My motto was always to keep swinging. Whether I was in a slump or feeling badly or having trouble off the field, the only thing to do was keep swinging.
Hank Aaron knew that his success as a baseball player depended on more than talent and good luck—he also needed perseverance and persistence. He realized, too, that he wasn’t always going to “get it right.” Some days he wouldn’t be the best hitter or the fastest runner, and that was okay with him because he knew that by hanging in there he could turn things around.
Some children (and adults, for that matter), have a hard time embracing this idea; they feel if they cannot do something just right, it’s better not to do it at all, or to work incredibly hard to do it very, very well. This is known as perfectionism and, ironically, it actually makes it harder for people to accomplish their goals because they are either paralyzed by the fear of failure, or burnt out and, thus, unable to do their best. Here are some ways you can help your children develop healthy perspectives about their activities and abilities:
Tips for . . .
- parents with children ages birth to 5
- When playing with babies and toddlers, occasionally focus on manipulation or movement, such as rolling a ball. Show them how to do it, help them feel what the motion is like, and provide encouragement for them to try it on their own. When they do it (which may take several tries over time), focus on their excitement with affirmations, such as, “That must have been fun,” or “You worked hard and you did it,” rather than “Good job,” or “That’s right.”
- When doing activities with your children, such as art projects, sports, or music, don’t criticize yourself, even subtly, by saying things like, “Sorry, that was a bad throw,” “Oops, that color doesn’t look good there,” or “Oh, I have such a hard time carrying a tune.” If your children hear you, their hero, say these kinds of things they may pick up on the idea that it’s more important to be good at something than it is to enjoy it or work at getting better.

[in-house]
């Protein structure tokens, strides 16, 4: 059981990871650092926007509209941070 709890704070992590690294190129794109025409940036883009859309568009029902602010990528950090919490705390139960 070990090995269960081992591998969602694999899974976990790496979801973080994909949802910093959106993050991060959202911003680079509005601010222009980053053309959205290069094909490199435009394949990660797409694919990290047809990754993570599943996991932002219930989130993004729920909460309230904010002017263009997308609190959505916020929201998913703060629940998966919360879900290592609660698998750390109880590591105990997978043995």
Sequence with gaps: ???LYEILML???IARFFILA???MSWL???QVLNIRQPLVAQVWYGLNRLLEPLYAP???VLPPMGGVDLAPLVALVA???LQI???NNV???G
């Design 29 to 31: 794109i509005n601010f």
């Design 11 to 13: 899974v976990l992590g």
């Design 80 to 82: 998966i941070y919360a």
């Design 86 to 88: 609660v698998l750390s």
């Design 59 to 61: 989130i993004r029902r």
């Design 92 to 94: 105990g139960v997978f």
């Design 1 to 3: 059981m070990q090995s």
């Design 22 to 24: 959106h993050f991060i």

- parents with children ages 6 to 9
- As schoolwork becomes more complicated and involves more homework, help your children to set intermediate goals (e.g., if the assignment involves a math worksheet, set a goal of doing half right after school and half later in the evening).
- Compare each child’s work and personal progress only to her or his past experience.
- Try something new, such as a class or home improvement project. Talk with your children about how your learning progresses, the challenges you face, and how you feel about doing something that you aren’t so good at doing.
- parents with children ages 10 to 15
- Be specific about your expectations for your children, and encourage their teachers to do the same.
- Encourage your children to start a new activity or sport. At this age, they are becoming more coordinated, so they’re likely to find greater enjoyment and stick with it even when they’re having a bad day.
- Keep the focus of school, sports, arts, and other activities on progress rather than performance. Let your children know that you are proud of them for the values they bring to their efforts—such as trying, helping others, and having a good attitude—not just their talents.
- parents with children ages 16 to 18
- Permeate your home with messages about the value of making mistakes, learning from them, and then letting them go and moving on. Hang quotes like, “This too shall pass,” or “Anyone who has never made a mistake has never tried anything new,” on your refrigerator, for example.
- If you suspect your teen is in a serious struggle with school, friendships, body image, or other issues because of perfectionism, consult with your pediatrician and consider seeing a therapist who is experienced in this area. Realize that for some people, counseling shouldn’t be a last resort, but rather a health-maintenance practice.
- Stay informed of your teens’ progress in school, homework, and other assignments. Help them break down larger tasks into manageable goals and objectives.